Following up on this question about the use of the words "menora" or "chanukiya" to refer to Chanuka lights:
I find it interesting that the use of "chanukiya," popularized in 1897 through a secular lexicographic effort, seems to embody a distinction that is religiously valuable: between the seven-branched Menora in the Temple and the eight-(plus one)-part Chanuka lights, which are in different categories of holiness and uniqueness. This distinction would seem to be of a similar spirit to a practice I've seen1 of lit models of the Menora in contemporary synagogues specifically not having seven lights, apparently so as not to be confused with the original Menora.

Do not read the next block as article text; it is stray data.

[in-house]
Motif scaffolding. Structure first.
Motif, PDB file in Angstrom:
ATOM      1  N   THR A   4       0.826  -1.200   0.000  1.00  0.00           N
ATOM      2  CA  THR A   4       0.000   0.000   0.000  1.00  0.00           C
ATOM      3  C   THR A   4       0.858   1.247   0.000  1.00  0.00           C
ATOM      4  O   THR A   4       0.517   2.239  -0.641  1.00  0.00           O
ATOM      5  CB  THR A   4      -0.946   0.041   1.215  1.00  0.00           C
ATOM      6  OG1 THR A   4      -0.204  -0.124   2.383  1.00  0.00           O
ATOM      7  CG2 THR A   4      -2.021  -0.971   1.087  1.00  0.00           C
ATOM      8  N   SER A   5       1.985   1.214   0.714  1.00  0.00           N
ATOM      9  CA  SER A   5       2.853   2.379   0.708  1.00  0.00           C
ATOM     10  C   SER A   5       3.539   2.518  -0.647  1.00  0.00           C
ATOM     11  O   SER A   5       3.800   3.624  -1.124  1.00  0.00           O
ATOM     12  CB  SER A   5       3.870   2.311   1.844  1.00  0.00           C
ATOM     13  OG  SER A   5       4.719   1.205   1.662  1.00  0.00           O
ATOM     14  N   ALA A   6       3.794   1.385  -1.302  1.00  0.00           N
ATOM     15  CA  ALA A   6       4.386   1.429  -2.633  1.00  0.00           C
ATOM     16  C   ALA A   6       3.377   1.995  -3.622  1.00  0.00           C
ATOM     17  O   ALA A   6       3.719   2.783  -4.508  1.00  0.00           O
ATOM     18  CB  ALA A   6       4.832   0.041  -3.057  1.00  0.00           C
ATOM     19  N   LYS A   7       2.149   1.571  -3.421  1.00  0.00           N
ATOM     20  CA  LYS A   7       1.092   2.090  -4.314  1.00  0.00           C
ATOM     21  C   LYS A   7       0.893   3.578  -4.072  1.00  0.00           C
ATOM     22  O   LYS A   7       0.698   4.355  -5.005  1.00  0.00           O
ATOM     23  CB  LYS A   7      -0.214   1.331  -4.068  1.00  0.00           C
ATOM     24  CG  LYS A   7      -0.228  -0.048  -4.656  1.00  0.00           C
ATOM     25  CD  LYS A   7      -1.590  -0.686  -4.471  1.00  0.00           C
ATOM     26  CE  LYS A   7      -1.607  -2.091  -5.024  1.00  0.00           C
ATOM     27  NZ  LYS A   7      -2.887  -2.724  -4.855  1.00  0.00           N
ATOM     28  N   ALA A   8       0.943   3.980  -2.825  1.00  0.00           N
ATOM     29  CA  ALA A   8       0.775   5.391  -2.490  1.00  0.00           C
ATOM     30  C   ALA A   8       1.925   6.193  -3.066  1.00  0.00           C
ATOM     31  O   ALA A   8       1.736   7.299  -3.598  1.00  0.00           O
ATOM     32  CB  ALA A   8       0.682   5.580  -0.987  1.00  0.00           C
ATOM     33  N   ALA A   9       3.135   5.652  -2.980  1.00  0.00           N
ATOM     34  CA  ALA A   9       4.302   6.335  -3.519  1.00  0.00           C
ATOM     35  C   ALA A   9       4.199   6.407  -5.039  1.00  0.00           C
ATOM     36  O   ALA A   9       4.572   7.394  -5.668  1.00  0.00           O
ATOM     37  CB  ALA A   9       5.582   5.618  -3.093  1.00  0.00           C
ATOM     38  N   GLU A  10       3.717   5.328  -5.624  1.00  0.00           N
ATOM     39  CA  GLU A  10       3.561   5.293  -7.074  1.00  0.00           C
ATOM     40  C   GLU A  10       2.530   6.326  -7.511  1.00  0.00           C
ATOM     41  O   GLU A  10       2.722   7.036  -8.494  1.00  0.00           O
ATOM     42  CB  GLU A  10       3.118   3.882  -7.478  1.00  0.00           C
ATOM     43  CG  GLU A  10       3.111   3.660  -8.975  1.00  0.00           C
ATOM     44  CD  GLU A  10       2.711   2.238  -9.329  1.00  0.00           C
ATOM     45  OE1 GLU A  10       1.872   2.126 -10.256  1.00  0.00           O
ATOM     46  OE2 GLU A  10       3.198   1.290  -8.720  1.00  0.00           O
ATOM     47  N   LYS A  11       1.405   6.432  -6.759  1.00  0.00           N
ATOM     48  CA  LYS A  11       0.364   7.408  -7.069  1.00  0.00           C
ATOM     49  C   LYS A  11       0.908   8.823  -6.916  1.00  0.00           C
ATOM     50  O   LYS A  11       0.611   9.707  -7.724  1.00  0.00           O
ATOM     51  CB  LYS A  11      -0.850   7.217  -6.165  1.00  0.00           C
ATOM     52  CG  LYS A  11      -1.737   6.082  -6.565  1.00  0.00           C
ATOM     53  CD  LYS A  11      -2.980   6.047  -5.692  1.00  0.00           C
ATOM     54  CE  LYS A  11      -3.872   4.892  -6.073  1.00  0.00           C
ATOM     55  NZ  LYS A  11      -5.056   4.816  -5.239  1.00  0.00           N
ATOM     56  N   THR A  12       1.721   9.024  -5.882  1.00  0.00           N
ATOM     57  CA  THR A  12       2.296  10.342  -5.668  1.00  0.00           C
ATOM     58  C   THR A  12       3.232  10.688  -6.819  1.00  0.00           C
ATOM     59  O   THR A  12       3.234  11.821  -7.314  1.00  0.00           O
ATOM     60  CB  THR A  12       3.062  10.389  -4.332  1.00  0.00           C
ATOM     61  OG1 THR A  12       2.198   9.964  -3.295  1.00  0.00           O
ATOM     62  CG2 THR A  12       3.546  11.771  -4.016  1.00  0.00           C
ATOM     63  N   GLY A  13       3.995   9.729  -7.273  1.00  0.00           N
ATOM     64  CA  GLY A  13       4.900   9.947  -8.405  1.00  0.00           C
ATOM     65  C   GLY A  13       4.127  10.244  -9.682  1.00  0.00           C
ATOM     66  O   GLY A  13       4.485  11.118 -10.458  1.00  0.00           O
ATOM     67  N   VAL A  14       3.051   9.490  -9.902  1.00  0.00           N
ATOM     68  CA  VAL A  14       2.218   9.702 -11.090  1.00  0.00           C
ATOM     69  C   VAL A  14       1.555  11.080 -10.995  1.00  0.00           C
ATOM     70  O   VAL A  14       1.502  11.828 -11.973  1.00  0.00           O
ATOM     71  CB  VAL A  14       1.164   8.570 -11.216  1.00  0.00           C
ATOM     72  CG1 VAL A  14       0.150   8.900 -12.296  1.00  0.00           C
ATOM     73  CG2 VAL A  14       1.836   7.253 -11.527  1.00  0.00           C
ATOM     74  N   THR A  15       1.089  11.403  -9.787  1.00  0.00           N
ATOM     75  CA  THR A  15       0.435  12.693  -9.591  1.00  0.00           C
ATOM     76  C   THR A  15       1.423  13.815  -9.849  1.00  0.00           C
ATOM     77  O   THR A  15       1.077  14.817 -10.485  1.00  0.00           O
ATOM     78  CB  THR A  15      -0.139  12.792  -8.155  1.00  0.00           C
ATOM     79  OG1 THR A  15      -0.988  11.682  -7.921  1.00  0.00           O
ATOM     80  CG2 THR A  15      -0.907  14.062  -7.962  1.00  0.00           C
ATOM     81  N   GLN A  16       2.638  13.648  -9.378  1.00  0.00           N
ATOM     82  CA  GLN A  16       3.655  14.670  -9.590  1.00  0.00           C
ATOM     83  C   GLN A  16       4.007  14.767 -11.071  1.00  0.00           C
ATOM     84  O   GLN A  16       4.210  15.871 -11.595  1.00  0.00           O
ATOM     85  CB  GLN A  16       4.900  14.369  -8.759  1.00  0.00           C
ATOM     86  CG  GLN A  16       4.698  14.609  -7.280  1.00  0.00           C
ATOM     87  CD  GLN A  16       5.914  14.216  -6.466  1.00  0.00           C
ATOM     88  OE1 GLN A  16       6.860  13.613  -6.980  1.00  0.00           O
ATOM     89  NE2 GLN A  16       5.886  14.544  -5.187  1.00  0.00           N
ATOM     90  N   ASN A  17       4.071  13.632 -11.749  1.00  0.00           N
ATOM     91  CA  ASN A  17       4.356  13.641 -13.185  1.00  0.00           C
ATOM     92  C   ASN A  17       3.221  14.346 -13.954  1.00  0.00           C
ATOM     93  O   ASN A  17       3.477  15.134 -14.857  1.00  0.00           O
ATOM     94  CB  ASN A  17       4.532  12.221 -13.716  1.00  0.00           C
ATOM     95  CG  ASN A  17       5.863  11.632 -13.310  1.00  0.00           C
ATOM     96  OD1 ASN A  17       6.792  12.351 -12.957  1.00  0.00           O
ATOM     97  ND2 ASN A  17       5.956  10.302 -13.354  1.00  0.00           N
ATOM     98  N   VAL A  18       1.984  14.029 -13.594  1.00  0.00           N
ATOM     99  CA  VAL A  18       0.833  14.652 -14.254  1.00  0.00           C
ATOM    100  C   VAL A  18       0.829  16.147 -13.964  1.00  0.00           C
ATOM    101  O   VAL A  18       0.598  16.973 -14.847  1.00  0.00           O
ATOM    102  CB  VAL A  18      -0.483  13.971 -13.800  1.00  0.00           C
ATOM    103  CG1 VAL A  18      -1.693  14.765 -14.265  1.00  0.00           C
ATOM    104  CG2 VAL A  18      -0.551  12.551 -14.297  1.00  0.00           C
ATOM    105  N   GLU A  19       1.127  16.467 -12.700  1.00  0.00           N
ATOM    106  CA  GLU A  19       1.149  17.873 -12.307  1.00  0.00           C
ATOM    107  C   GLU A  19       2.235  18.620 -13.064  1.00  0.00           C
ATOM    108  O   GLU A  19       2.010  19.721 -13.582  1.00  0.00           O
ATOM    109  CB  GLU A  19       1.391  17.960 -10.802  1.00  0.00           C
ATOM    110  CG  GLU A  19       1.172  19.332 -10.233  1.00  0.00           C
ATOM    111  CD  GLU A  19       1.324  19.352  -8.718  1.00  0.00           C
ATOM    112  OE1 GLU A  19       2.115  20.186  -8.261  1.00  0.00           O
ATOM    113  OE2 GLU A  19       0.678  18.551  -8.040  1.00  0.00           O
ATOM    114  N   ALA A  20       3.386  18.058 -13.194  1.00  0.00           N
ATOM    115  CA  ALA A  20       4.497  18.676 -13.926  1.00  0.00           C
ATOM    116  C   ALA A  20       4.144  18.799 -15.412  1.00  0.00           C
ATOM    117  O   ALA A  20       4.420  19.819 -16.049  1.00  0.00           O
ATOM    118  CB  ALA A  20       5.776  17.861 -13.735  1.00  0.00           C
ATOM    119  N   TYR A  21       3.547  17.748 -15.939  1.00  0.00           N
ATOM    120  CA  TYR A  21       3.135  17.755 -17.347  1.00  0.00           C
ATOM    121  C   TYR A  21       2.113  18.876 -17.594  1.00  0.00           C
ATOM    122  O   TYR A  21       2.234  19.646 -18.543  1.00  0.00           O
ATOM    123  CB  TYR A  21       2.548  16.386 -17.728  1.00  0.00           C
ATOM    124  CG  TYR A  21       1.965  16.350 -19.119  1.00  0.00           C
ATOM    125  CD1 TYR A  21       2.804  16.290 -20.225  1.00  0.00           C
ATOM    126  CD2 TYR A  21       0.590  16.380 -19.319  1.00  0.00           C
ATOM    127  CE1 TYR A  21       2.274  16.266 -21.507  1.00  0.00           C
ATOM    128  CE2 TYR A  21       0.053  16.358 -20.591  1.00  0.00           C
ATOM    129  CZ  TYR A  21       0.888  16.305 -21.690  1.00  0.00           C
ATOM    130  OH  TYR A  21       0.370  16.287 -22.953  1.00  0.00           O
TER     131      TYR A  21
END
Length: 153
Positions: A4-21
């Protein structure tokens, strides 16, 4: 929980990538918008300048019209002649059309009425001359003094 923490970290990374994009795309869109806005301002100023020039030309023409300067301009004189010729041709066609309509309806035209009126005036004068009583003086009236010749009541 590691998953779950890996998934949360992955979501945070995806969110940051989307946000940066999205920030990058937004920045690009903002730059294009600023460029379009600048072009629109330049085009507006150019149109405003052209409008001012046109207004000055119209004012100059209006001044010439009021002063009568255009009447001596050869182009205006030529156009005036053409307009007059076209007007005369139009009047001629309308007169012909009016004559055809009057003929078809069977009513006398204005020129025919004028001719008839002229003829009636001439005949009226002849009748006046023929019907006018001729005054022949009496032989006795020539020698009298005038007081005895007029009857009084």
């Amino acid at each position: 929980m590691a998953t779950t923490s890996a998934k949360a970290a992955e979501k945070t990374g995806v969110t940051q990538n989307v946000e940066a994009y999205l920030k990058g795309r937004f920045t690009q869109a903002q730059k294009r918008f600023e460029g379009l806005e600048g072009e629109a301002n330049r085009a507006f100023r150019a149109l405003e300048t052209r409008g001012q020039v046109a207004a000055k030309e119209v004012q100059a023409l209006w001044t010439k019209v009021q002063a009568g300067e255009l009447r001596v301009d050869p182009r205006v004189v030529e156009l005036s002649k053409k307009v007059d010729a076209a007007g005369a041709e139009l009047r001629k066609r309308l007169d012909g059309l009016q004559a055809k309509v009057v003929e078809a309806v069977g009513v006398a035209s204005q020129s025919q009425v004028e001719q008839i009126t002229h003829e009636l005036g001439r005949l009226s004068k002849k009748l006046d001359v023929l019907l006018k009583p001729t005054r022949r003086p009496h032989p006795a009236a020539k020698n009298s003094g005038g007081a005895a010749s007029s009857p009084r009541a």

Are there any religious sources from before the coinage of "chanukiya" that indicate a preference for not referring to Chanuka lights as a "menora"?
Are there any religious sources from after the coinage of "chanukiya" that indicate a preference for specifically using "chanukiya" rather than "menora" to refer to Chanuka lights?
1. Consistent with the Rambam in Beit Habechira 7:10 (thanks to DoubleAA for the source):
ואסור לאדם שיעשה בית תבנית היכל. אכסדרא תבנית אולם. חצר כנגד העזרה. שולחן בצורת שולחן. ומנורה בצורת מנורה. אבל עושה הוא מנורה של חמשה קנים או של שמונה קנים או מנורה שאינה של מתכת אע"פ שיש לה שבעה קנים